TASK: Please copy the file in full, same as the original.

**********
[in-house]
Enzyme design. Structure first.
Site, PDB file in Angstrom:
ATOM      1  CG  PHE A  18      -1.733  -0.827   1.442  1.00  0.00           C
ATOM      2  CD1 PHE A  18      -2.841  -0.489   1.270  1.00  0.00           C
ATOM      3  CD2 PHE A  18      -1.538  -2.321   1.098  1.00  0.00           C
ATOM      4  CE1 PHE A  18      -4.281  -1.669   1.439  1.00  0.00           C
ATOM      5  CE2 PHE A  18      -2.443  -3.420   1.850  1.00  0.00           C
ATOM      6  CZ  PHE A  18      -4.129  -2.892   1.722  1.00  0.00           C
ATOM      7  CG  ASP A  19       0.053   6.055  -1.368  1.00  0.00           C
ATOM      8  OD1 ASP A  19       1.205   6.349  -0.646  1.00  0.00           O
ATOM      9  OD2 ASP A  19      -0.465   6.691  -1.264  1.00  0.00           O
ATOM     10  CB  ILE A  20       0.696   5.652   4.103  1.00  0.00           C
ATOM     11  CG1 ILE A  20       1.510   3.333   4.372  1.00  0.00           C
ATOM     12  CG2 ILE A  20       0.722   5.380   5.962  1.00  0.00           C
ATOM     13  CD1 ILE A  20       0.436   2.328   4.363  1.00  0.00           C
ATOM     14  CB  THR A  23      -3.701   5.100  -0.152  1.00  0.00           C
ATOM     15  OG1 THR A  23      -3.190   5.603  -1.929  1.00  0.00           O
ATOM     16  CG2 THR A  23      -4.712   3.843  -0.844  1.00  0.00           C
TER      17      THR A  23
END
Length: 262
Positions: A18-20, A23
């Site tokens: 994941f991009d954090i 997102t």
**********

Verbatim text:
[in-house]
Enzyme design. Structure first.
Site, PDB file in Angstrom:
ATOM      1  CG  PHE A  18      -1.733  -0.827   1.442  1.00  0.00           C
ATOM      2  CD1 PHE A  18      -2.841  -0.489   1.270  1.00  0.00           C
ATOM      3  CD2 PHE A  18      -1.538  -2.321   1.098  1.00  0.00           C
ATOM      4  CE1 PHE A  18      -4.281  -1.669   1.439  1.00  0.00           C
ATOM      5  CE2 PHE A  18      -2.443  -3.420   1.850  1.00  0.00           C
ATOM      6  CZ  PHE A  18      -4.129  -2.892   1.722  1.00  0.00           C
ATOM      7  CG  ASP A  19       0.053   6.055  -1.368  1.00  0.00           C
ATOM      8  OD1 ASP A  19       1.205   6.349  -0.646  1.00  0.00           O
ATOM      9  OD2 ASP A  19      -0.465   6.691  -1.264  1.00  0.00           O
ATOM     10  CB  ILE A  20       0.696   5.652   4.103  1.00  0.00           C
ATOM     11  CG1 ILE A  20       1.510   3.333   4.372  1.00  0.00           C
ATOM     12  CG2 ILE A  20       0.722   5.380   5.962  1.00  0.00           C
ATOM     13  CD1 ILE A  20       0.436   2.328   4.363  1.00  0.00           C
ATOM     14  CB  THR A  23      -3.701   5.100  -0.152  1.00  0.00           C
ATOM     15  OG1 THR A  23      -3.190   5.603  -1.929  1.00  0.00           O
ATOM     16  CG2 THR A  23      -4.712   3.843  -0.844  1.00  0.00           C
TER      17      THR A  23
END
Length: 262
Positions: A18-20, A23
């Site tokens: 994941f991009d954090i 997102t």